A little over a year ago we published the results of an experiment: a new article design that didn’t look like the rest of our stories. It had an airy layout that gave clarity to the text, with new typefaces and colors, and it was published entirely outside of our CMS. Over the past year we’ve been using that article design to publish more stories as we’ve developed the complete new look we’re unveiling today. But we haven’t been calling this process a redesign—instead, I asked everyone to call it Redux. That’s because all the while the project has been a Trojan horse.
Slate has been sorely in need of a visual update to bring our look up to the level of our stories, but rather than just focus on a redesign of the website, we wanted to redesign the way we work. Sure, on the other end of that we’d have a new home page and logo, but we wanted to build a process for working together that brought everyone to the same table—editorial, design, development, product, and sales.
We used that initial article design as a sandbox to test assumptions about collaborating together while we also worked out the technical, design, and business needs for a new Slate. And as I noted at the time, the website was the testbed, but the goal was to tackle the project holistically for all the places Slate appears:
Slate is not simply our website. The site is one place where Slate lives, but Slate exists in a variety of places, from social platforms like Facebook, to your podcast app, to the public spaces where we host live events. So rather than making this a monolithic redesign project, in which we look for a single design answer that will work wherever Slate lives, we are starting with a small, though important, corner of the magazine. In rethinking how we produce and design the big, splashy pieces we publish at the top of the week, we’re gathering information about what works—and how we work—and setting ourselves up to take those lessons to other parts of the whole.
After that first article published, we tested, refined, and gradually started publishing more. This small corner of the site allowed us to iterate and experiment in public before opening up the project to the next big goal: a makeover for Slate the brand.
As part of this work, we knew we’d need to not just touch up our branding but reimagine it. We brought in the excellent design firm Gretel to help us do it. Gretel helped us establish a unified conceptual approach to our design work, in addition to all the needed artifacts like logos, color and type palettes, and a design toolkit.
To put edges around the efforts, we needed to define ourselves: Slate is a guide and companion. We strive to be reliable and bullshit-free. We prize curiosity, wit, and chasing those moments of surprise in a story.
Our design direction seeks to embody these qualities by visualizing some cues of the story-making process. We want to show how materials and research come together—sometimes literally by allowing elements to overlap and pile on top of one another—and how the editor’s hand is a part of that, sometimes emphasizing a point or creating marginalia.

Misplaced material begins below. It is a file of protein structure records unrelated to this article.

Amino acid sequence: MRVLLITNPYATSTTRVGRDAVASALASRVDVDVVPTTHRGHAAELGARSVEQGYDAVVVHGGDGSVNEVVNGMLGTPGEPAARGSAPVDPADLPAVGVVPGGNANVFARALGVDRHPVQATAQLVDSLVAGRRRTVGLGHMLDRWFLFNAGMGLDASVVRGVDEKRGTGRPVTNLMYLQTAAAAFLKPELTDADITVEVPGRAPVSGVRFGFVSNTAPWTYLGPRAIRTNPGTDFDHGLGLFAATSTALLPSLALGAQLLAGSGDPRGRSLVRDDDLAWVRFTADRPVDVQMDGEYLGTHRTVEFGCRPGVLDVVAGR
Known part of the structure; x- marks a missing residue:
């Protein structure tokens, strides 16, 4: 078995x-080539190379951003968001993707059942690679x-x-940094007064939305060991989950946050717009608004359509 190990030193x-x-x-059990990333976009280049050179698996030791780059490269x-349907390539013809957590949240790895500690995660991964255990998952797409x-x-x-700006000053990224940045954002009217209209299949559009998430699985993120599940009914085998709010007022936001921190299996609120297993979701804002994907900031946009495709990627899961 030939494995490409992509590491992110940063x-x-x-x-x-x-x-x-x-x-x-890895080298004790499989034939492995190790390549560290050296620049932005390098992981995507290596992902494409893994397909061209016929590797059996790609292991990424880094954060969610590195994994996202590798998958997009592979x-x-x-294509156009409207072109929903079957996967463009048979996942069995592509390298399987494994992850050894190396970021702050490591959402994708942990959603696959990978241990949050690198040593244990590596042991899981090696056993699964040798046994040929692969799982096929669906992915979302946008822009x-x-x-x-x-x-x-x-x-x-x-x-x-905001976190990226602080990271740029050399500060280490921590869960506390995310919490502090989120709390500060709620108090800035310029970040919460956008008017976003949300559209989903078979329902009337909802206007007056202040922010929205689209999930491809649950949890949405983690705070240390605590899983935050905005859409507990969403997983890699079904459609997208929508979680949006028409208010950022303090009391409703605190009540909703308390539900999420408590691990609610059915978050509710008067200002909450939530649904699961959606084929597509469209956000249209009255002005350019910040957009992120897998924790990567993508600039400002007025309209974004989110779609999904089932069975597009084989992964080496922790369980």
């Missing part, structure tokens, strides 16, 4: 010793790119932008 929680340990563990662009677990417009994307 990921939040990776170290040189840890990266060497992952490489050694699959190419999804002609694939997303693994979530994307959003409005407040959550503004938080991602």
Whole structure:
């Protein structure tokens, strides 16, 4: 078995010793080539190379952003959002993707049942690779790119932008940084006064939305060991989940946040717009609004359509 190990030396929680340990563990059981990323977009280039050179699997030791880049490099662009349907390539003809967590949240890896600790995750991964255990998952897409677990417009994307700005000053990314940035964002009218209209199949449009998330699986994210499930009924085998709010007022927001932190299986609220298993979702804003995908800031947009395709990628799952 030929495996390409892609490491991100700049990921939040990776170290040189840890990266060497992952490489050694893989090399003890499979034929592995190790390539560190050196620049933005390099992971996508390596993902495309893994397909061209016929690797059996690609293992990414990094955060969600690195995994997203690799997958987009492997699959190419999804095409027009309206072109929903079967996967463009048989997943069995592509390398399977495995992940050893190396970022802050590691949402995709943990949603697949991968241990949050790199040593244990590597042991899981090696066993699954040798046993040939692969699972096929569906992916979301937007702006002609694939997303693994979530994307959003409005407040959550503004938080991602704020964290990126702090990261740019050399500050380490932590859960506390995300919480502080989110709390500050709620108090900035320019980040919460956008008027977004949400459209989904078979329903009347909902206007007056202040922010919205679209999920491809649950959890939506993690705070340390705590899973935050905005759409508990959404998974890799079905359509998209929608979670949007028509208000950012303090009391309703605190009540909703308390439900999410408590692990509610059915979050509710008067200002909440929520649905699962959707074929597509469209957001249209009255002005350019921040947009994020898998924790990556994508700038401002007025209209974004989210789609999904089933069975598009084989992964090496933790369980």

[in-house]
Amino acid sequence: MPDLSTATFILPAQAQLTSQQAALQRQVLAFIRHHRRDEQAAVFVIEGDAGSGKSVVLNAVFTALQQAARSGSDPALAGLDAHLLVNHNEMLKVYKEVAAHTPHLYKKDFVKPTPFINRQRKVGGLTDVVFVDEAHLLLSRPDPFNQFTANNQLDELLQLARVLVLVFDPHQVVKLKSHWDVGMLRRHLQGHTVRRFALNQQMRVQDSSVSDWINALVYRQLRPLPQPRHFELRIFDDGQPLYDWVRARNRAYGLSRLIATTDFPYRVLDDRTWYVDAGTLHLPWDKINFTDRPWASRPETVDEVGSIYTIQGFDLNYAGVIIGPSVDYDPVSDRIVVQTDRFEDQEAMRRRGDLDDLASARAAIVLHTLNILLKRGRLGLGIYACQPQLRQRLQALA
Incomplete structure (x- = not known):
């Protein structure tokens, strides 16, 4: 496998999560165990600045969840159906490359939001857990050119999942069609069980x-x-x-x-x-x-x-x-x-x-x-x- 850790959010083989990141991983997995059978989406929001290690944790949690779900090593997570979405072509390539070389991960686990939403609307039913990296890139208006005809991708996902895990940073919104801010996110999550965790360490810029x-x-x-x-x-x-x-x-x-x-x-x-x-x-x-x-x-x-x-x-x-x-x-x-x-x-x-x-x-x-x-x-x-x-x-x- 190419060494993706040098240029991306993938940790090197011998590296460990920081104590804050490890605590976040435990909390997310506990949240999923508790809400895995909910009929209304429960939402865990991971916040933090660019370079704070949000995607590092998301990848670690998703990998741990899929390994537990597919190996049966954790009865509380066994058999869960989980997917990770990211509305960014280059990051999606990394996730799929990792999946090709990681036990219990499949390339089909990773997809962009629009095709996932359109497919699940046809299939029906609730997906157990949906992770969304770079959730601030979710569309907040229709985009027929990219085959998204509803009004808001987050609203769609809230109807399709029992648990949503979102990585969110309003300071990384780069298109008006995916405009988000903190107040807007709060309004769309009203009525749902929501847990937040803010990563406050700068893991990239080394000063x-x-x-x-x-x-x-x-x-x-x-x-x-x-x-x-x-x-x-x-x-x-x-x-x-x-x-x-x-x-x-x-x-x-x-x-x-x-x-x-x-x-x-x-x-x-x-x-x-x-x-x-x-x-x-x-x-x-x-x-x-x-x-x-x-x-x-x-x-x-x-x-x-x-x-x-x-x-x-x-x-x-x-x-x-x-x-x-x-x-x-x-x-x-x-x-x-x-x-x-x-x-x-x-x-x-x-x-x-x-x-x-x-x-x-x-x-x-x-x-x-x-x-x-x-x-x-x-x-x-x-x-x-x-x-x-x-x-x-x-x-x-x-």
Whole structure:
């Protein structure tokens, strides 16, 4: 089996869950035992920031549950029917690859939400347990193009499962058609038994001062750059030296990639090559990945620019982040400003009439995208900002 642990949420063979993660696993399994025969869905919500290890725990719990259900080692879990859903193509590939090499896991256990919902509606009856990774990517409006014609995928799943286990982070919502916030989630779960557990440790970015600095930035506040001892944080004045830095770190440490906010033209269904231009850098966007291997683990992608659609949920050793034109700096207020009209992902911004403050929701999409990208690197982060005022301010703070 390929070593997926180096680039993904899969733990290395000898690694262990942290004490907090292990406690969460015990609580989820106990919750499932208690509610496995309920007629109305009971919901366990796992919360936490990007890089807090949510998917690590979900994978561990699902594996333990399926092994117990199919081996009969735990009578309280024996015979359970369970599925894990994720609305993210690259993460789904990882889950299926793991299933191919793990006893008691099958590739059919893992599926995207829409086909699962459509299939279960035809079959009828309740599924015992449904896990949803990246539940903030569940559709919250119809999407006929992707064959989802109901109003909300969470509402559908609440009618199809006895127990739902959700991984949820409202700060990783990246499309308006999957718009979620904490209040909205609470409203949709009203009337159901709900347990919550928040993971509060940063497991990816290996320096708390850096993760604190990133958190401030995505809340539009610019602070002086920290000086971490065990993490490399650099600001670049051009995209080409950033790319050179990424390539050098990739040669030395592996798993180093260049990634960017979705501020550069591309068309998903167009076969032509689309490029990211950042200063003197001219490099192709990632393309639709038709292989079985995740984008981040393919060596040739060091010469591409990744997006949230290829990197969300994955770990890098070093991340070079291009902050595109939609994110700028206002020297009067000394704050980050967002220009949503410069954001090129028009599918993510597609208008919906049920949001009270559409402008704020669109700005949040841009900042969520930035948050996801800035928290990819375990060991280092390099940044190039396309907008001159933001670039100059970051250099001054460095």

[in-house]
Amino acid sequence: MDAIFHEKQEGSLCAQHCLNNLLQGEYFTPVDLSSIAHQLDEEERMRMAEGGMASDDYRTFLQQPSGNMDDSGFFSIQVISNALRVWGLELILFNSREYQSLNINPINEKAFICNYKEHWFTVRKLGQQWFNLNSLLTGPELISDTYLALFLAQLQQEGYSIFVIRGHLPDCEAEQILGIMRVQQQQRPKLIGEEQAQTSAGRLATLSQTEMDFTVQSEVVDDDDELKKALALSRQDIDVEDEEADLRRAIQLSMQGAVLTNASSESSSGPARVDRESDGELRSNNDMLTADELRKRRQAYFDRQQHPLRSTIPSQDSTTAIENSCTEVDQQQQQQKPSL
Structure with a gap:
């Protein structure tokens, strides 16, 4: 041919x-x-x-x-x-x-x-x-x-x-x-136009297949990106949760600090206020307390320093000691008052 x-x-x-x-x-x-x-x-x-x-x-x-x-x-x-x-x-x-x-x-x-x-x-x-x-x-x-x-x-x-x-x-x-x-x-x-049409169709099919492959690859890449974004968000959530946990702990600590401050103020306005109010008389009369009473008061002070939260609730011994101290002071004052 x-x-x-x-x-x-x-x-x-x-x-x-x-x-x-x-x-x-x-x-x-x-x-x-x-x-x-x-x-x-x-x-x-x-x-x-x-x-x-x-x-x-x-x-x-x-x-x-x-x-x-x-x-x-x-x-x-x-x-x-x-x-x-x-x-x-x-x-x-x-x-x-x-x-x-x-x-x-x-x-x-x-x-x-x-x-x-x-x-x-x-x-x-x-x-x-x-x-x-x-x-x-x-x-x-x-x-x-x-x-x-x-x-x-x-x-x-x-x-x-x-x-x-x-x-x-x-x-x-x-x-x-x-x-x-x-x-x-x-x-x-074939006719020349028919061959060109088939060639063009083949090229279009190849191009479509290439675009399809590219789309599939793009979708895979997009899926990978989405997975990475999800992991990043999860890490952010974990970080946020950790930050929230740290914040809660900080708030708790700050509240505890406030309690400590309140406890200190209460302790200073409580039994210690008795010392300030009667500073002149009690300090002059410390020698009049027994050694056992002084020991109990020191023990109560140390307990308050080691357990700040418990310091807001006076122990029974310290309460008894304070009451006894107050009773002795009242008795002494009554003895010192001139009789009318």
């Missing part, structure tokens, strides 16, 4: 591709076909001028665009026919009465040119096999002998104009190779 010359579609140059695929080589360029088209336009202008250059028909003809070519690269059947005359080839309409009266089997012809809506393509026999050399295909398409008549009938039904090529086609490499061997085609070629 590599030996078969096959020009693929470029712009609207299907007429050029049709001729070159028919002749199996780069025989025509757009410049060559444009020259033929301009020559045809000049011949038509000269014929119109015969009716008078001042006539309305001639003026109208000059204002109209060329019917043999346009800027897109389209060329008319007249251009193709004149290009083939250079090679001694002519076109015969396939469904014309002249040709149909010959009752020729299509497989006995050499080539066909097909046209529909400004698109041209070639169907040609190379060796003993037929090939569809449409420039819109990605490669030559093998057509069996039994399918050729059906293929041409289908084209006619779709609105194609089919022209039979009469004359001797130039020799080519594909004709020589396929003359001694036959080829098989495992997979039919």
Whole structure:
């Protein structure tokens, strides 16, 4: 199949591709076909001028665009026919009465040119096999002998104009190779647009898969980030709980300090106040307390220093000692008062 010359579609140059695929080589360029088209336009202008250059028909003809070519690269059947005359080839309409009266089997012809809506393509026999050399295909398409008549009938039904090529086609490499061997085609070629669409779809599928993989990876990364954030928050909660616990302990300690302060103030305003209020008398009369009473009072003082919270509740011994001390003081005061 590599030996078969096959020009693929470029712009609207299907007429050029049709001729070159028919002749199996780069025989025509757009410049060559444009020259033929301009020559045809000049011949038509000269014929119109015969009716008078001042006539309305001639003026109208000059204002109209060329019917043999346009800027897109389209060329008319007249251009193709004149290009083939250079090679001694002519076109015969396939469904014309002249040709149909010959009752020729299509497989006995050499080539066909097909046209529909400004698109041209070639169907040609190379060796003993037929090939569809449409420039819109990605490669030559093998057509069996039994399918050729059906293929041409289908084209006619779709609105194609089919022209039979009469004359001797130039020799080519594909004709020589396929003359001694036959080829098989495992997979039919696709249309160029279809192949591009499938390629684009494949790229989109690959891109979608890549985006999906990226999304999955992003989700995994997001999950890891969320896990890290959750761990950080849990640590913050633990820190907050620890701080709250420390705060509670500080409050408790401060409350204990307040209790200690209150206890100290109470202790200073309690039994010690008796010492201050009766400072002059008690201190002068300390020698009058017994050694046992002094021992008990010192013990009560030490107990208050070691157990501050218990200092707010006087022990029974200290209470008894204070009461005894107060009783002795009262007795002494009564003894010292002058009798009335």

Sometimes these cues are loud, as in the art for a story. Other times it might be a subtle hand-drawn element in the interface of the website. These visual moments help us make our work feel like Slate, wherever it appears.
We took that toolkit from our engagement with Gretel and spent much of 2017 translating it into the designs you see now: our new site, new Slate podcast covers, new social pages, and more.
We’re also employing some lovely new typefaces: Retina from Frere-Jones Type for body text and supporting copy and Register from A2-TYPE for headlines. Both typefaces have a delightful idiosyncrasy to them, economical in their proportions while featuring a trove of considered details. I find Retina to be a pleasure to read. For color we’ve doubled down on our past maroon, refining it and bringing both a darker maroon and some bright supporting colors to the mix.
We’re still doing lots of great in-house photo and illustration, and these new design devices will only give us more opportunities for expression. As we move ahead, we’re building in distinct visual cues to each of Slate’s verticals to give them their own sense of place and brand.
Just as the initial Redux efforts allowed us to experiment in public, we plan to refine and adapt in public too. We’ve already redefined how we think about advertising and the importance of the little details like URL design. We have lots left to migrate and do, but the work we’ve created for today’s launch provides a cohesive picture of who we are.
Over the months to come, we will continue refining our approach to visuals for articles, our code and user experience for the site, and all branding efforts. We didn’t set out to reach a finish line, but to make a sustainable process that welcomes change and improvement.
My chief role in Redux—apart from getting everyone to go along with my name for it and working on the design of the website—was to be an instigator and barrier-remover. And while this process started small it soon grew to include many incredible folks from all corners of Slate. I feel so lucky to work with this talented team, and I’d like to mention them all here:
Holly Allen, Lisa Larson-Walker, Derreck Johnson, Natalie Matthews-Ramo, Jackie Donner, Tommy Pham, Sharon Wong, Jason Santa Maria
Jess Eldredge, Chase Felker, Kate Hill, Kim Le, Jon Lechliter, Erin Nichols, John Whittington, Jonathan Zuckerman, Greg Lavallee
Product and Research
Anna Gilbert, Anna Hovland, Heidi Moon, Chris Schieffer, Josh Yazman, David Stern, Dan Check
Caroline Albanese, Mia Birkhead, Artur Strumilowski, Travis Morrison, Charlie Kammerer
Bill Carey, Lowen Liu, Chad Lorenz, Megan Wiegand, Abby McIntyre, John Swansburg, Julia Turner